of the cycle upon which they operate. It was named for R. M. Hvid,
the man who developed the principles involved, and who for some
time retained the patent rights, hence the nameplate bearing his
name. In time, however, this was changed to a basic Hercules
nameplate. Also as near as I can determine these engines were
always marketed by Sears, Roebuck & Co., and they also
sponsored a great many efficiency tests on these engines.

Now back to the three types: The first was the experimental
engines with the Hvid nameplate and a serial number containing no
letters. This engine was made from basic Hercules castings with
slight modifications, and had no fuel pump (some of later ones were
exceptions as to the fuel pump, but they still used basic
castings). Since they used many of the same parts and yet
compression was increased almost six times one can see why they
were recalled. I have Eng. No. 74 and it blew up in about 1930,
although it is now restored and has been pictured in this magazine.
As near as I could tell, it is painted a light grey with black and
blue pinstripes.

Next came the Model U made for a while in sizes 1? 3,6, and 8 HP
models, the smaller two being dropped as time progressed. These
were painted red much like the Economy in color, and can be
distinguished by the fuel pump located on the rear of the water
hopper. The last series was the UA made in the 7 and 9 HP sizes and
painted green, about the color of a regular Hercules.

According to ‘The Gas Engine’ magazine, only the first
series were recalled although according to old-timers all models
were far from trouble free.

I would like to say that this is taken from old manuals and from
looking at my engines and since I wasn’t around at that time, I
can’t be positive and would welcome any other information or
corrections.

Mike Lins and John Machacek shown plowing with Mike’s
Crossley powered tractor at the 1976 Scott-Carver Show, held at
Jordan, Minnesota in August.

JACK VERSTEEG, 3935 Cooley Drive, Salem, Oregon 97303 tells us
to include this in this column this time: ‘This is in answer to
the request from Edward Hanson, Chula Vista, California and any
other readers who are interested in a list of old engines built
from the beginning of ? Alan C. King, 4790 River Road, Radnor, Ohio
43006 has a real good book and Ruben Michelson, Anamoose, North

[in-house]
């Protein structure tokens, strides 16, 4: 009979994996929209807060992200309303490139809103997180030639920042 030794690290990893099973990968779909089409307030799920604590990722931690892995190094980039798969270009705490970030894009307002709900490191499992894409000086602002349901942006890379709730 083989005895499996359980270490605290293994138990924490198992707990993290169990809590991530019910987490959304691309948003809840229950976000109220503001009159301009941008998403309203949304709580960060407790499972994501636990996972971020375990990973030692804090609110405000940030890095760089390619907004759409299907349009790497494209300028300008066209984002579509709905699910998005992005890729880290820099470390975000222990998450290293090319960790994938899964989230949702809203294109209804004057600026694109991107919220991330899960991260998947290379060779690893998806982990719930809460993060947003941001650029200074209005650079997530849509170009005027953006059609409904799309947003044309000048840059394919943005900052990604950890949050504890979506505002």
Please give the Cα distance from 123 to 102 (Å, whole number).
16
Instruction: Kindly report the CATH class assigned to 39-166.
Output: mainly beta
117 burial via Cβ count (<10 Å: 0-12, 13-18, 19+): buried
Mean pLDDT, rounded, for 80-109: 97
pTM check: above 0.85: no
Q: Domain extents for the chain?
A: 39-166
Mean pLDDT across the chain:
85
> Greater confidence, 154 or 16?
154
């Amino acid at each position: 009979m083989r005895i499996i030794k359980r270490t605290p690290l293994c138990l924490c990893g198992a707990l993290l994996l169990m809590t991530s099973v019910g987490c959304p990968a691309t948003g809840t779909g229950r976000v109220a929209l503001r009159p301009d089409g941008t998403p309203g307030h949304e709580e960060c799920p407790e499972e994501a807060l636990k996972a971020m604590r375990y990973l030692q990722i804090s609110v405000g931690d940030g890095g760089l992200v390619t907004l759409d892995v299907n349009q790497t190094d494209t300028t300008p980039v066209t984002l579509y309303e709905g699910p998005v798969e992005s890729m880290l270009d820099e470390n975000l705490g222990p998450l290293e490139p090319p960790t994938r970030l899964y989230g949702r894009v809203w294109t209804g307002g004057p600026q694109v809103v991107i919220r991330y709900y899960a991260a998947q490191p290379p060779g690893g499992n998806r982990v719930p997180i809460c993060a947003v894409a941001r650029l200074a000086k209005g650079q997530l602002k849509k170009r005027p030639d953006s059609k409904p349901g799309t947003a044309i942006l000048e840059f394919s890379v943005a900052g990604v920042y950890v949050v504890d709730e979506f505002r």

Dakota 58710 has a very good list of over 1600 engines. Both of
these are a very good addition to anyone’s library.’

The following missal comes from HAROLD E. BURKHOLDER, 108? River
Road, Bridgewater, Virginia 22812: ‘I have a few questions I
would like to get answered. I know I can reach someone with the
answers to my questions through this fine column. I have a Centaur
tractor. It is a front wheel drive tractor and will go good with my
1917 Moline Universal, when I get it restored. Cast in the
transmission housing is the following (2-G Mfg. by Centaur Tractor
Corporation – Greenwich, Ohio U.S.A. Patented 1690141 Serial No.
1308). The name plate on the 2 cylinder engine reads as follows (Le
Roy engine Model TR 2 Serial No. 96679 Piston 3
3/8 x 4? I wrote to the company that built
this tractor and they told me that it was built in 1929. They also
told me that it was shipped to King Tractor and Supply, address
unknown. They could not give me the paint color. I would like to
know – does anyone know of the King Tractor and Supply? What was
their address? Are they still in business? What was the color
scheme of the tractor? Also, I would be glad to answer any
correspondence of any kind on this Centaur tractor. Thanks for the
opportunity to run my plea in such a fine column and
magazine.’

EDWIN H. BREDEMEIER, RFD 1, Steinauer, Nebraska 68441 has some
advice for the readers: ‘Referring to Tom McCutchen’s
letter – the solution to identifying wrenches. Trace around them